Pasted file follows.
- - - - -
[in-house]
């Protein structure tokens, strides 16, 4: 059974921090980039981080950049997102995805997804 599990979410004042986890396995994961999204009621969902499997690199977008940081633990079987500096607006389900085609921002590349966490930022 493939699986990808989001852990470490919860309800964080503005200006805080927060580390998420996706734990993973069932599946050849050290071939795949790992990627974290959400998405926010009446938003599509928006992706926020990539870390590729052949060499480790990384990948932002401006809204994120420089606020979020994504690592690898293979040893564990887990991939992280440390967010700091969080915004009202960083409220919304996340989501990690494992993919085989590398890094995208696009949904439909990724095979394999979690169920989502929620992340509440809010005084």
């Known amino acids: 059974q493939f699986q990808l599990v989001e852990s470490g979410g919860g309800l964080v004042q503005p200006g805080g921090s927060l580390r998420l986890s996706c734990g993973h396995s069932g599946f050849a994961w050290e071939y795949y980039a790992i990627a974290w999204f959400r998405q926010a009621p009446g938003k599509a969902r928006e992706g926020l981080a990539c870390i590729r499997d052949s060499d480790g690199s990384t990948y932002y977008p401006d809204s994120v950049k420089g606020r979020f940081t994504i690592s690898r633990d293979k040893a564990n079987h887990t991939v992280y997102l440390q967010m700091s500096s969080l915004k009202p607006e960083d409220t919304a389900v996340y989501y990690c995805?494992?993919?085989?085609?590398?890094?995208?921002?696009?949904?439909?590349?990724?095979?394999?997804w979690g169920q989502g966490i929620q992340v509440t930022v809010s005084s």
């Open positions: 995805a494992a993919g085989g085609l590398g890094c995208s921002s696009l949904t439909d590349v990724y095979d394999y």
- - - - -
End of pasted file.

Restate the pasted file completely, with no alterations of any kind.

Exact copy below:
[in-house]
């Protein structure tokens, strides 16, 4: 059974921090980039981080950049997102995805997804 599990979410004042986890396995994961999204009621969902499997690199977008940081633990079987500096607006389900085609921002590349966490930022 493939699986990808989001852990470490919860309800964080503005200006805080927060580390998420996706734990993973069932599946050849050290071939795949790992990627974290959400998405926010009446938003599509928006992706926020990539870390590729052949060499480790990384990948932002401006809204994120420089606020979020994504690592690898293979040893564990887990991939992280440390967010700091969080915004009202960083409220919304996340989501990690494992993919085989590398890094995208696009949904439909990724095979394999979690169920989502929620992340509440809010005084």
């Known amino acids: 059974q493939f699986q990808l599990v989001e852990s470490g979410g919860g309800l964080v004042q503005p200006g805080g921090s927060l580390r998420l986890s996706c734990g993973h396995s069932g599946f050849a994961w050290e071939y795949y980039a790992i990627a974290w999204f959400r998405q926010a009621p009446g938003k599509a969902r928006e992706g926020l981080a990539c870390i590729r499997d052949s060499d480790g690199s990384t990948y932002y977008p401006d809204s994120v950049k420089g606020r979020f940081t994504i690592s690898r633990d293979k040893a564990n079987h887990t991939v992280y997102l440390q967010m700091s500096s969080l915004k009202p607006e960083d409220t919304a389900v996340y989501y990690c995805?494992?993919?085989?085609?590398?890094?995208?921002?696009?949904?439909?590349?990724?095979?394999?997804w979690g169920q989502g966490i929620q992340v509440t930022v809010s005084s």
């Open positions: 995805a494992a993919g085989g085609l590398g890094c995208s921002s696009l949904t439909d590349v990724y095979d394999y």